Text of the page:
The campaign says that the modification was "improper" because it wasn't brought about by a "true" two-thirds majority vote -- a so-called supermajority -- which is required to make modifications.

Proponents of Amendment 64 also said that the modification was made in confusion and that the lawmakers did not intend to delete the lines. The campaign summarized the events in a statement:

Sen. Mark Scheffel made a motion to amend the first of three paragraphs in the "Arguments For" section of the blue book, and it was approved unanimously by the Council. A short time later, members realized the motion had deleted the last three sentences of the five-sentence paragraph, whereas they thought it would only remove a few words from the first two sentences. To rectify the mistake, Rep. Mark Ferrandino made a motion to reinsert the three sentences, and it was seconded by Rep. Lois Court. The Council voted 8-5 in support of the motion, but it failed because it did not receive the two-thirds vote required to modify the draft. As a result, the key arguments in support of Amendment 64 were deleted without true two-thirds support.

"I don't think he was trying to cause confusion," Rep. Mark Ferrandino (D-Denver) said to The Denver Post. "But it did cause confusion."

Listen to a recording of the hearing here and view the lawsuit filed here.

"The blue book process should be based on a good faith effort to provide objective and balanced information to the voters," Brian Vicente, co-director of the Campaign to Regulate Marijuana Like Alcohol, said. "With the action, members of the Legislative Council have knowingly and intentionally taken advantage of a misunderstanding in order to permanently omit some of the strongest arguments in favor of the initiative from the blue book."

"We are not looking for special treatment," Vicente said. "We simply want the Legislative Council Staff to correct this error before the language is finalized and sent to two million voters."

Vicente added: "We have come to expect dirty tricks and deception from our opponents, such as the No on 64 campaign's repeated lies about the effect of the amendment on employer drug-testing policies – the truth is that they would not be affected – but we expect more from our elected officials."

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  • Alaska

    Legalized for medical use. <a href="http://www.flickr.com/photos/alanasise/6847095796/" target="_hplink">Flickr: alana sise</a>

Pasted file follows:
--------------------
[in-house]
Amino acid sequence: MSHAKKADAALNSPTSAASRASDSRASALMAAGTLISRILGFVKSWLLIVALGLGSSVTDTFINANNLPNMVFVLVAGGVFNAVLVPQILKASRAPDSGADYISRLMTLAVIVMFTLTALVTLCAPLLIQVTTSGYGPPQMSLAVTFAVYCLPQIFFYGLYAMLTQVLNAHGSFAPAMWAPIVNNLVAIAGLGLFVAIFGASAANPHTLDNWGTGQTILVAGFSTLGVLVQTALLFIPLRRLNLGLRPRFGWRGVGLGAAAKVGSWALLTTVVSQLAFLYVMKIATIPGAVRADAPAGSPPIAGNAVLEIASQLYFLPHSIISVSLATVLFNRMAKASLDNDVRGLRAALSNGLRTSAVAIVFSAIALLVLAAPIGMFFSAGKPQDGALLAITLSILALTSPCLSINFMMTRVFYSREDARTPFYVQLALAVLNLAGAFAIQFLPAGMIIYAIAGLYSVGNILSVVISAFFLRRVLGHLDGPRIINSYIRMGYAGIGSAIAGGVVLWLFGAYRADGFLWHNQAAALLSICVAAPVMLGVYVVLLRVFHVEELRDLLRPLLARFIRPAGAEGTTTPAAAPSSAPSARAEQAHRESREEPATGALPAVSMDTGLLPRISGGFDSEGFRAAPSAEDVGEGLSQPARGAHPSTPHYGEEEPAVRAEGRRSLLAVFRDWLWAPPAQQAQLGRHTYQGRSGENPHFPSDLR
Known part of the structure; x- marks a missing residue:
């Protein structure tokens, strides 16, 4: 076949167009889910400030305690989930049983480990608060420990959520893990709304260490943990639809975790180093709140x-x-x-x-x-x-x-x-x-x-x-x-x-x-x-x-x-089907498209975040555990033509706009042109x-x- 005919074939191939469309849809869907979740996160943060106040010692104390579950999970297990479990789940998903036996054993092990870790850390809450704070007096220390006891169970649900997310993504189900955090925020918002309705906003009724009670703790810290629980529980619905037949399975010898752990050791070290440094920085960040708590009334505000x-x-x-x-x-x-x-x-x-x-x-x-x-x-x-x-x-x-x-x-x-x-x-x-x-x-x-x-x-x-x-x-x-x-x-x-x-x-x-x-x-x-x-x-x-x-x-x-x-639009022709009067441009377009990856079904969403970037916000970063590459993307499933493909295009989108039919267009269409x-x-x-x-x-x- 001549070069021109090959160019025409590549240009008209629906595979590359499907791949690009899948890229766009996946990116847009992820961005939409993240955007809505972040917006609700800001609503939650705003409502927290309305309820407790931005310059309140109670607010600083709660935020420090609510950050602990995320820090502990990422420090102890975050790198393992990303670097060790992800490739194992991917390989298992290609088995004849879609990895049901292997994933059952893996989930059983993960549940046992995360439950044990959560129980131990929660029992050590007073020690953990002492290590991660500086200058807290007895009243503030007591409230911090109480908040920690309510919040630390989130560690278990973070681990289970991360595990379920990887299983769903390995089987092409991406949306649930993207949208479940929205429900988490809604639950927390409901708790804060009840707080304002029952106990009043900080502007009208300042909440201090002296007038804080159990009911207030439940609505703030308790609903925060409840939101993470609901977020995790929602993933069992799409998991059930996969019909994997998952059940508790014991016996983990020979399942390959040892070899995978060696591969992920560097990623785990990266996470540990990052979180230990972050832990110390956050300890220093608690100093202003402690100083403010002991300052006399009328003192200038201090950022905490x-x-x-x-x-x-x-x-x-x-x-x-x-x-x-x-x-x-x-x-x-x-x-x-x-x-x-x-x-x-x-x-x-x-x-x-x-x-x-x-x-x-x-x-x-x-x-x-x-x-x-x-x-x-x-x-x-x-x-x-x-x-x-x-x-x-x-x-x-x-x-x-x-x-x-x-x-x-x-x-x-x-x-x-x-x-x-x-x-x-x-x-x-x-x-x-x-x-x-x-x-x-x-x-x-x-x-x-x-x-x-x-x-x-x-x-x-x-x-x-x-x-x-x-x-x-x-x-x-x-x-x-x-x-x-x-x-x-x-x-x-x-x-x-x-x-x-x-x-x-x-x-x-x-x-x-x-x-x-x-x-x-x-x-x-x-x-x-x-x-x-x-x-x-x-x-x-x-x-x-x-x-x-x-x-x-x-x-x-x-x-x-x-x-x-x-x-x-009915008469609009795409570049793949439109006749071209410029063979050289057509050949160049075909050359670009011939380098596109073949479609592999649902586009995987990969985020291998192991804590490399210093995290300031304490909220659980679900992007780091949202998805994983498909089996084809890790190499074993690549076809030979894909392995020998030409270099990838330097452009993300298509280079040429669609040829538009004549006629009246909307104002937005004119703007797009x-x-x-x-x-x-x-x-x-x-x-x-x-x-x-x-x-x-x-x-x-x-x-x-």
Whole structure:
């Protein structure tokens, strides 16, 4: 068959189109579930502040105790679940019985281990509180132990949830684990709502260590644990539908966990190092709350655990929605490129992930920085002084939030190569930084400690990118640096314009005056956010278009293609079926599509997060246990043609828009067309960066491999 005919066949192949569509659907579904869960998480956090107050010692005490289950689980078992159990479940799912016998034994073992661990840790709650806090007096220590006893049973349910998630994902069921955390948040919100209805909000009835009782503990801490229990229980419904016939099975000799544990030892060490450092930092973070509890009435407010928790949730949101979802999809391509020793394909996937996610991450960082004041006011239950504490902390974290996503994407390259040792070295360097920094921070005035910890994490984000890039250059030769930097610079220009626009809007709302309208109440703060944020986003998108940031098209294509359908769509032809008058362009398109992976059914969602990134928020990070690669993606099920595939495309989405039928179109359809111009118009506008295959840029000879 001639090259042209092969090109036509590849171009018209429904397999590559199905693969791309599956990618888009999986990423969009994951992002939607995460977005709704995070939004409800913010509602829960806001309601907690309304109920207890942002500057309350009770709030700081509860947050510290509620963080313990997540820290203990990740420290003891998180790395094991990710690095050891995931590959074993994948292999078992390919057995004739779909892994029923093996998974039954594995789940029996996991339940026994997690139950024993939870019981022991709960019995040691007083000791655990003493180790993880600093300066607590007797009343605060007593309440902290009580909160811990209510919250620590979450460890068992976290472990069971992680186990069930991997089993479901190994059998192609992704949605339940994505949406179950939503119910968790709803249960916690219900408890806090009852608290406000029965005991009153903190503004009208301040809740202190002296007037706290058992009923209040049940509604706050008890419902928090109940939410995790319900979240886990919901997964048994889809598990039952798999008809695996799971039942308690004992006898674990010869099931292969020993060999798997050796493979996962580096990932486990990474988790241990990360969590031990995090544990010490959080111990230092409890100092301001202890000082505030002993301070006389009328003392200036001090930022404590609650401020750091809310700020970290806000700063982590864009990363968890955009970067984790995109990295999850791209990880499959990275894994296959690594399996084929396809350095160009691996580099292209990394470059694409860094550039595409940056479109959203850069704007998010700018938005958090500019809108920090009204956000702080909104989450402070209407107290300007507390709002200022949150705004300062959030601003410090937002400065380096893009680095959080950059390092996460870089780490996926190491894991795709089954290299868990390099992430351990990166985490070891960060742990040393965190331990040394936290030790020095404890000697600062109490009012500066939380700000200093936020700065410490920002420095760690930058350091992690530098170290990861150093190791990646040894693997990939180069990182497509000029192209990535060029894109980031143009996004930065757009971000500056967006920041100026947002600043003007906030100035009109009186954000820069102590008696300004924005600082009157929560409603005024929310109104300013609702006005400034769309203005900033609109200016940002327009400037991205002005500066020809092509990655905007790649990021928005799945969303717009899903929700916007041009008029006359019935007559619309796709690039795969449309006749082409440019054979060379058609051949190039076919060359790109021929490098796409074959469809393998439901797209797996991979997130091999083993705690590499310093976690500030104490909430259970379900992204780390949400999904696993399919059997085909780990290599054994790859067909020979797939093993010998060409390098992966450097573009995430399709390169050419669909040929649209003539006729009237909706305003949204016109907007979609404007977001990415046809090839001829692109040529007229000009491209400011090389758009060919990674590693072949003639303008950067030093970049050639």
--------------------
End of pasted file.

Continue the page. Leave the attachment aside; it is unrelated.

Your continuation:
• Arizona

    Legalized for medical use. <a href="http://www.flickr.com/photos/billward/110338154/" target="_hplink">Flickr: Bill Ward's Brickpile</a>

  • California

    Legalized for medical use. <a href="http://www.flickr.com/photos/gerbache/2260207829/" target="_hplink">Flickr: gerbache</a>

  • Colorado

    Also legalized possession by non-medical users. <a href="http://www.flickr.com/photos/dok1/520845832/" target="_hplink">Flickr: dok1</a>

  • Connecticut

    Legalized for medical use.

  • District Of Columbia

    Legalized for medical use. <a href="http://www.flickr.com/photos/bigberto/2770838680/" target="_hplink">Flickr: ~MVI~ (off to coron)</a>

  • Delaware

    Legalized for medical use. Flickr: <a href="http://www.flickr.com/photos/dougtone/7749689644/">Doug Kerr</a>

  • Hawaii

    Legalized for medical use. <a href="http://www.flickr.com/photos/ricardo_mangual/6006230817/" target="_hplink">Flickr: Ricymar Fine Art Photography</a>

  • Illinois

    Legalized for medical use.

  • Maine

    Legalized for medical use. <a href="www.flickr.com/photos/indywriter/2683524563/" target="_hplink">Flickr: indywriter</a>

  • Maryland

    Legalized for medical use.

  • Massachusetts

    Passed ballot initiative for legalized medical marijuana in 2012.

  • Michigan

    Legalized for medical use. <a href="http://www.flickr.com/photos/kayoticblue/213316452/" target="_hplink">Flickr: ckay</a>

  • Montana

    Legalized for medical use. <a href="http://www.flickr.com/photos/csbarnhill/2633187564/" target="_hplink">Flickr: csbarnhill</a>

  • Nevada

    Legalized for medical use. <a href="http://www.flickr.com/photos/http2007/4699361533/" target="_hplink">Flickr: http2007</a>

  • New Hampshire

    Legalized for medical use.

  • New Jersey

    Legalized for medical use. <a href="http://www.flickr.com/photos/paulflannery/4021996652/" target="_hplink">Flickr: psflannery</a>

  • New Mexico

    Legalized for medical use. <a href="http://www.flickr.com/photos/everyskyline/3134662783/" target="_hplink">Flickr: michaelwhitney</a>

  • Oregon

    Legalized for medical use. <a href="http://www.flickr.com/photos/d-powell/2099638403/" target="_hplink">Flickr: digging90650</a>

  • Rhode Island

    Legalized for medical use. Also decriminalized possession of less than one ounce.

  • Vermont

    Legalized for medical use. <a href="http://www.flickr.com/photos/bryanalexander/6129117/" target="_hplink">Flickr: BryanAlexander</a>

  • Washington

    Legalized for medical use. Also legalized possession by non-medical users. <a href="http://www.flickr.com/photos/rose_braverman/6924724331/sizes/l/in/photostream/" target="_hplink">Flickr: Rose Braverman</a>